Negotiating the cost of treating hepatitis C | KBIA

Negotiating the cost of treating hepatitis C

Feb 11, 2015

Hepatitis C is a virus that affects the liver, often causing liver cancer or cirrhosis. Although they share a name, it is completely different from hepatitis A or B so current hepatitis vaccines don’t guard against hep C.

The Centers for Disease Control and Prevention estimates that about 3.2 million people in the United States have hepatitis C. But Bruce Burkett, Founder and Director of the Hep C Alliance, said the disease often goes untreated simply because people don’t know they are infected.


“Someone can have it for decades before they have any symptoms. It's a very silent disease,” Burkett said.

According to the CDC, most people with chronic hepatitis C do not have any symptoms until their liver is already damaged. Burkett was diagnosed with the virus in 1989, but because treatment for the disease was so new it took until 1997 before he was cured. This was the case for many people with hepatitis C until the Food and Drug Administration approved a new drug called Sovaldi in 2013.

Dr. Stefan Sarafianos with the MU School of Medicine said Sovaldi was revolutionary because it directly targeted the virus and had more than a 90 percent cure rate when taken together with the previous hepatitis C drugs. After Sovaldi was approved, several other pharmaceutical companies joined the race to find their own best treatment.

“There's an incredible competition and progress into getting additional combinations and of course this affects the patients in more than one way," Sarafianos said. "Not only are these good therapies that could lead to eradication but they're also effecting the accessibility and then the price of each one of these therapies.”

And the price is a big concern when it comes to treating hepatitis C. When Sovaldi was first introduced in 2013, it cost $84,000 for the 12-week treatment, in addition to costs for other necessary injections. When pharmaceutical company AbbVie introduced its new drug Viekira last December, which doesn’t require additional medications, it set the price at $83,000.

These may seem like astronomical numbers, but Sarafianos said he doesn't expect the cost of treatment to remain this high for patients with hepatitis C.

"Part of the high prices is that the companies, they're trying to get their investment and make the profit during the time when their patents are protected," Sarafianos said. "But after awhile, these drugs will be made by other companies for much cheaper and then the price will fall dramatically."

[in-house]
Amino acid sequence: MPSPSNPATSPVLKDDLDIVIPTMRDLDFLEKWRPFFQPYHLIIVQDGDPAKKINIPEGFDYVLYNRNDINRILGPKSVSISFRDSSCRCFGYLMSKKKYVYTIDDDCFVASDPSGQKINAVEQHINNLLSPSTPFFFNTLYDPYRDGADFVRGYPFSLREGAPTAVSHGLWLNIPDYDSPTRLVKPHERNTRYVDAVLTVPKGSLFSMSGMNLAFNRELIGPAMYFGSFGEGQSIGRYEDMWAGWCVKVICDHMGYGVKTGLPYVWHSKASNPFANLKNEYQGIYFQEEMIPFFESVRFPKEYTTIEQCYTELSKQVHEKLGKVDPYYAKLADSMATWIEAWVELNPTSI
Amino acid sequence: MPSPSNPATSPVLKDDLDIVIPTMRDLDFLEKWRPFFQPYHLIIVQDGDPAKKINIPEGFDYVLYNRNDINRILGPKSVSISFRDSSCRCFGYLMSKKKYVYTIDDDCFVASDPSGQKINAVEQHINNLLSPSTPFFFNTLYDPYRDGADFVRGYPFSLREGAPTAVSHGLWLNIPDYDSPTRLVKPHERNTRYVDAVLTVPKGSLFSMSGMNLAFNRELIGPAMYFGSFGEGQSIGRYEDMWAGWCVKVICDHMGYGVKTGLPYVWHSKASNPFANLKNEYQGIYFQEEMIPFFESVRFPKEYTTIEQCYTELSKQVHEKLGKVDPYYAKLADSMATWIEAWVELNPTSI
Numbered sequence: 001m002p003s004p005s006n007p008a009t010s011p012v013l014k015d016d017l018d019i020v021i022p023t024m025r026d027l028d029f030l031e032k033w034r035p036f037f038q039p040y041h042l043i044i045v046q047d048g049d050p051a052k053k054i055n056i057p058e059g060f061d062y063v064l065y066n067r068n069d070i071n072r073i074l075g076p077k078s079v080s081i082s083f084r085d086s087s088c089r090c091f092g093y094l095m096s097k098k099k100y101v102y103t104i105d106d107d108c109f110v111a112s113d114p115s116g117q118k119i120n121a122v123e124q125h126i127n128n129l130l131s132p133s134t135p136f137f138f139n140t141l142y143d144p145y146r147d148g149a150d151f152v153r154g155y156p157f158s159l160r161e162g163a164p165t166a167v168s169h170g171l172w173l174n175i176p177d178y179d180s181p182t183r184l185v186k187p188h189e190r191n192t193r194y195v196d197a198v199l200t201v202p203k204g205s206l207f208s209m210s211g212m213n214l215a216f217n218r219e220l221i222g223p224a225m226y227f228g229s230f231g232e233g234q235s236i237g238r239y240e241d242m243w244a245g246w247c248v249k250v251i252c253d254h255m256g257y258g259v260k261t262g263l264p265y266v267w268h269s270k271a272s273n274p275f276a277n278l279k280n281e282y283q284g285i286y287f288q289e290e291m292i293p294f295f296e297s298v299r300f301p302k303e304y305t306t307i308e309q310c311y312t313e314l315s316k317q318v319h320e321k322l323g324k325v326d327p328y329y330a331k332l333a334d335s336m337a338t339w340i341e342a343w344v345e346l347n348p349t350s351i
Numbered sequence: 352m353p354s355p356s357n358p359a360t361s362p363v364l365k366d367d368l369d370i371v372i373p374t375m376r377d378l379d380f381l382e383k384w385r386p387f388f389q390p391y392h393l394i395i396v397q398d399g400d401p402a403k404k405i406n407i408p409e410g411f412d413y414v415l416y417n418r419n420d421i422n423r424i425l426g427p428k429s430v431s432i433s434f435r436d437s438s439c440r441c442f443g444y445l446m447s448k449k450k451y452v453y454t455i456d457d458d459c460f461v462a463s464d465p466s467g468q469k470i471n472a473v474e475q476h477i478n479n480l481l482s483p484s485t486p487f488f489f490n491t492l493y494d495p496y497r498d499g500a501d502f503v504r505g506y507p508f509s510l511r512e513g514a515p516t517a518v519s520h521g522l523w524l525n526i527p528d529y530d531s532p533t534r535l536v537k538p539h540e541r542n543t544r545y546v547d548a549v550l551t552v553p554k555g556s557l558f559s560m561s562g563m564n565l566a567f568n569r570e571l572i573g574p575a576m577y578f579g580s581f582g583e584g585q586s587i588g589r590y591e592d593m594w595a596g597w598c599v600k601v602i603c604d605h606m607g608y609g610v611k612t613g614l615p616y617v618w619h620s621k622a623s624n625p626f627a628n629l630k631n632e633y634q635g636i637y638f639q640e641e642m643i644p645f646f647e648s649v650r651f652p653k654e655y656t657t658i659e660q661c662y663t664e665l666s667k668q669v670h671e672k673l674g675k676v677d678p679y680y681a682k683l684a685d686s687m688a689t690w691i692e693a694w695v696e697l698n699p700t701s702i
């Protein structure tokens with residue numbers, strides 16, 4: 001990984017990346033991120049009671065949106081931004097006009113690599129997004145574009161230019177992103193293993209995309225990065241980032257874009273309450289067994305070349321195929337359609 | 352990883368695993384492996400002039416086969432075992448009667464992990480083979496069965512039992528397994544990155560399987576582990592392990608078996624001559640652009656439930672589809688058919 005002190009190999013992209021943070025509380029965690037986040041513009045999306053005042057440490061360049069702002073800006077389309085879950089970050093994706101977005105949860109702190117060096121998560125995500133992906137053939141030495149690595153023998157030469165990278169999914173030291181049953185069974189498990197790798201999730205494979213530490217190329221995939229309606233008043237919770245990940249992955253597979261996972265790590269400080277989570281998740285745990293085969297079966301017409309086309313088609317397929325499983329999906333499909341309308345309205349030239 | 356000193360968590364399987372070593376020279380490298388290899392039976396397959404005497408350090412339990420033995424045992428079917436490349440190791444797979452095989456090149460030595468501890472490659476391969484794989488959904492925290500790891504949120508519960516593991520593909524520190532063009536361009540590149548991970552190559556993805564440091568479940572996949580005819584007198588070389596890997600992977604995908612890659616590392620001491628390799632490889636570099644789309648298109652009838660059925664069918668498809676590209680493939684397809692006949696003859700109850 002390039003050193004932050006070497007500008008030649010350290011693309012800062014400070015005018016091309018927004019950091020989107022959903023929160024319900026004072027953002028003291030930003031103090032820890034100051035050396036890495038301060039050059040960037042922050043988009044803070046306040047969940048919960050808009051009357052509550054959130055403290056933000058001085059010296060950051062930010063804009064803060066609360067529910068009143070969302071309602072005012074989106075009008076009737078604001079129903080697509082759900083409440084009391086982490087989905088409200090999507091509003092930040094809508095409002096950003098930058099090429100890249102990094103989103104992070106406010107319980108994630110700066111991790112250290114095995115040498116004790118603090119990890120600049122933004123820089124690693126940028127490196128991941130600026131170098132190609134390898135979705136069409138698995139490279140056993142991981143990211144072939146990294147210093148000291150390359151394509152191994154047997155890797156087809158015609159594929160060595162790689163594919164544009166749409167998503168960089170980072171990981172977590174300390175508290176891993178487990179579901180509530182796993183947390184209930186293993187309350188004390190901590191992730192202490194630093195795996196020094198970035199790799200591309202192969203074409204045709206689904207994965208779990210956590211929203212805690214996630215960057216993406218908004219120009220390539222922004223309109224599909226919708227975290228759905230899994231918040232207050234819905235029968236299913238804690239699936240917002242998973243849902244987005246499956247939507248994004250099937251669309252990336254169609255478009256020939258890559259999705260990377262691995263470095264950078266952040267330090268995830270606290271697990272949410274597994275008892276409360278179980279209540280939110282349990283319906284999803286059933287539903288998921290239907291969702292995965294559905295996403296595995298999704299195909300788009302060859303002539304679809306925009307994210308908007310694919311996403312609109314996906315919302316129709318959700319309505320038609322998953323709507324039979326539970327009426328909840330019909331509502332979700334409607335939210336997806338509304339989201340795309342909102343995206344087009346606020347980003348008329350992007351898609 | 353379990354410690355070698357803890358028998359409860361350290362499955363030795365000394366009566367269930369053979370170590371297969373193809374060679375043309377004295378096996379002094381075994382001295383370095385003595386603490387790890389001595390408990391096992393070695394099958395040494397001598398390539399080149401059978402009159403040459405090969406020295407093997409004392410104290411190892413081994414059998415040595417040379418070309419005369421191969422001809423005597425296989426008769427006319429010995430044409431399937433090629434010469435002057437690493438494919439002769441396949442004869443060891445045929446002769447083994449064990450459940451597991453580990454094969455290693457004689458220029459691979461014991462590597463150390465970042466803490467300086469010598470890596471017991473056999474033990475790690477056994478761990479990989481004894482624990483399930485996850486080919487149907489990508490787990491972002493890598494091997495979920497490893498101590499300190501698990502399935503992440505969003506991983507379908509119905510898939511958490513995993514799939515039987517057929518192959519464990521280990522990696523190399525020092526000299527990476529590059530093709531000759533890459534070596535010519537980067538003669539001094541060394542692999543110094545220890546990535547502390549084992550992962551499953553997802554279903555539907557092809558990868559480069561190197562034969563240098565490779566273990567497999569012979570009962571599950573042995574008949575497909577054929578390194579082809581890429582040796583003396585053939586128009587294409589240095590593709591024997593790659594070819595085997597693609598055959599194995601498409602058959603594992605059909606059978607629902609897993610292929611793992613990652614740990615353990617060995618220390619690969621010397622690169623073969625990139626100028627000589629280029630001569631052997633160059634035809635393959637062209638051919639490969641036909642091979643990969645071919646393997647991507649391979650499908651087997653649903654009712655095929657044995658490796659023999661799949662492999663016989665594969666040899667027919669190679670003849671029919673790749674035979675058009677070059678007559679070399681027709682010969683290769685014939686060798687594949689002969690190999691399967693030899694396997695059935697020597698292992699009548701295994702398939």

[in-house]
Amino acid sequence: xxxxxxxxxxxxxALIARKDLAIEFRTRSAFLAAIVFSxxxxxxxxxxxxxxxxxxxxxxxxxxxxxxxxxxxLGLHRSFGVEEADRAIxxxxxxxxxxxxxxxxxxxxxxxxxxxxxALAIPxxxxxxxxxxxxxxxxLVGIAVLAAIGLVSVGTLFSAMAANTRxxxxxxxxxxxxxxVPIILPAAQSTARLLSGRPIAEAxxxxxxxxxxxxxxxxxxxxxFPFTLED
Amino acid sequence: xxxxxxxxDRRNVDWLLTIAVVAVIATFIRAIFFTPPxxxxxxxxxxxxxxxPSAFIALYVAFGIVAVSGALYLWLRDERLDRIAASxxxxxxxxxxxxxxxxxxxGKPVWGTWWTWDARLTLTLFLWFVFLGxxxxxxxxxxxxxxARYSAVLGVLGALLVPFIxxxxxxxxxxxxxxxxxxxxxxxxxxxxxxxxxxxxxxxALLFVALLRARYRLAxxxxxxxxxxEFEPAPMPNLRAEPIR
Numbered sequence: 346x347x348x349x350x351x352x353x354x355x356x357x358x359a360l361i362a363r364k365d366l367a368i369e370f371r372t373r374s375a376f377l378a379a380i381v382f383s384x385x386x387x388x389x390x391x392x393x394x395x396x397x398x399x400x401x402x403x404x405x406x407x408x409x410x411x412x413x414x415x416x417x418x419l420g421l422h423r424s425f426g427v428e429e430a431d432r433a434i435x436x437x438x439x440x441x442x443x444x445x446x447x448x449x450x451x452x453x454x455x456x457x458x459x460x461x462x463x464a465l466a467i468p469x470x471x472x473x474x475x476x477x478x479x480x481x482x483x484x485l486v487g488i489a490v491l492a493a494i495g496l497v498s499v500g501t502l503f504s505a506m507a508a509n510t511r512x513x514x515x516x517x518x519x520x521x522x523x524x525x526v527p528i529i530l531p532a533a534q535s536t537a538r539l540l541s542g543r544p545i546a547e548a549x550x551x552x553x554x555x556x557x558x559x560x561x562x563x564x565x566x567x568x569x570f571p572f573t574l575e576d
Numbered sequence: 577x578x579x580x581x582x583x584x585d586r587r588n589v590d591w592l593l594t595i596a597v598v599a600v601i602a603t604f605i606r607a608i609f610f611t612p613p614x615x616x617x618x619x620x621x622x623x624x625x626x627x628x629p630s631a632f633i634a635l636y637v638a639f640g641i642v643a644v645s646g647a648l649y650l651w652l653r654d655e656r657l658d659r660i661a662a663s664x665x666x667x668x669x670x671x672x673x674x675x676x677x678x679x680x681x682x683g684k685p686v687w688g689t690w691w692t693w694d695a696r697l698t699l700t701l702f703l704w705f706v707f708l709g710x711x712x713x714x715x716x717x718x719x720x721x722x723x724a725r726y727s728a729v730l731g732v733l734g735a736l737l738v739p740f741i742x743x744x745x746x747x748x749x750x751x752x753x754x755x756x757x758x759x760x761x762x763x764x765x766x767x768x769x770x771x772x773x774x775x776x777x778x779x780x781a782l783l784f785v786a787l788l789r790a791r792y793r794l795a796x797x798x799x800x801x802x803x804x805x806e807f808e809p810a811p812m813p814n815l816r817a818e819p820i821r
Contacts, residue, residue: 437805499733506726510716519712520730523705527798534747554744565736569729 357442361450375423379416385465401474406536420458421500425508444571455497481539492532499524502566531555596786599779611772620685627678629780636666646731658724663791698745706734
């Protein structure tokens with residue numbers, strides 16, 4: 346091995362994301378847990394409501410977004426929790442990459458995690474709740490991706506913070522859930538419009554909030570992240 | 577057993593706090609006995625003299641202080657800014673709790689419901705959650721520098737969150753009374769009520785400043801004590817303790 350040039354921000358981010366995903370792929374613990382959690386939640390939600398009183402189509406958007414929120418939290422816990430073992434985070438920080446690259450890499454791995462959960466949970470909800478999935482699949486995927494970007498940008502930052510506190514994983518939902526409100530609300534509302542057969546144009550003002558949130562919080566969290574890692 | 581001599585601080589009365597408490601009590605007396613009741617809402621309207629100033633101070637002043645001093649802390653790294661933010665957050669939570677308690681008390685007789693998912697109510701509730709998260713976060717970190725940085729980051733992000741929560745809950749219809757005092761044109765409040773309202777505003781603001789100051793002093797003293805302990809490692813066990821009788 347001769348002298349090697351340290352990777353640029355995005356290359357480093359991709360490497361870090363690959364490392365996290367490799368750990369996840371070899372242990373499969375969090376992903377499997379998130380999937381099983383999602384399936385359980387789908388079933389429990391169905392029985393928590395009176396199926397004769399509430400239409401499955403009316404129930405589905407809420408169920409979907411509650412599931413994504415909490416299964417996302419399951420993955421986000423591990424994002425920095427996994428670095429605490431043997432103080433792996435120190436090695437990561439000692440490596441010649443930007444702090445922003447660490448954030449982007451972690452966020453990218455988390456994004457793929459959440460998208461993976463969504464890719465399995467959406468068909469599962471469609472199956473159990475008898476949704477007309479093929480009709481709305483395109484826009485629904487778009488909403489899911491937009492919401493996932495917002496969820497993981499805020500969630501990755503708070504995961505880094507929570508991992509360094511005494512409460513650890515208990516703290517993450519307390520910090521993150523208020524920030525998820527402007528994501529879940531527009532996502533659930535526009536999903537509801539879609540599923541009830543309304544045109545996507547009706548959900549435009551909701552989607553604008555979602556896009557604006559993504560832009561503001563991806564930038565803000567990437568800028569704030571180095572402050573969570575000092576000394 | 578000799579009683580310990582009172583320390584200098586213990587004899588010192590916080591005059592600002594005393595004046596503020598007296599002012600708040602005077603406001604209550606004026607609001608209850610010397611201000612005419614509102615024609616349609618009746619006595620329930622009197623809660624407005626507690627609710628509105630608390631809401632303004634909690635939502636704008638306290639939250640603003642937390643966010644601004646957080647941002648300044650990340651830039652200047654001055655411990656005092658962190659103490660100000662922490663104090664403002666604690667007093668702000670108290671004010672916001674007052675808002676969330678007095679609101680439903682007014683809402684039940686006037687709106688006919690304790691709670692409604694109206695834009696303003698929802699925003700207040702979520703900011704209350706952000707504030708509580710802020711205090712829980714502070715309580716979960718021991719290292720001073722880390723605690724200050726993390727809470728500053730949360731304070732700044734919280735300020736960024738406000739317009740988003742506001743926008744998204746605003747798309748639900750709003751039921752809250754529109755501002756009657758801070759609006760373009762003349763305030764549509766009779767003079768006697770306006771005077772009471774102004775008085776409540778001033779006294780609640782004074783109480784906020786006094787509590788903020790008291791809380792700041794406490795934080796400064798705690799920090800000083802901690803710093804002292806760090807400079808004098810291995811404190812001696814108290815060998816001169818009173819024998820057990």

Although it varies, Sarafianos said most patents for prescription drugs last about 10 years. Even with the high prices, the cost for hepatitis C treatment might not be a bad deal for insurance companies.

“The cost of the liver transplant is much more than that so if you can treat a patient and cure them then the cost of the liver transplant will not be there,” Sarafianos said.

And Missouri’s new agreement with AbbVie will bring the price down even more. Last month, Missouri announced it would be switching to Viekira for Medicaid patients with hepatitis C. According to a press release, Missouri negotiated a rebate for treatment of Medicaid patients together with a “25-state purchasing consortium.” The Department of Social Services declined to give more information about the consortium or the agreement with AbbVie, but the press release estimates that the rebate will reduce the cost of treatment by 30 percent, saving the state over $4 million next year.

But as Burkett points out, not all Missourians with hepatitis C will benefit from the Department of Social Service’s agreement.

“You have stage 3 or stage 4 liver disease, stage 4 is cirrhosis, you have to be drug and alcohol free for at least six months," Burkett said. "The biggest problem is getting on Medicaid period.”

Sarafianos said these treatments are so new that doctors and other parties haven’t had to time to determine when patients with hepatits C should receive treatment.

“We are at the stage that  everybody is learning right now," Sarafianos said. "The medical doctors will have to figure out what is the optimal time to start the therapy and then others will have to weigh in and consider who should be eligible and when.”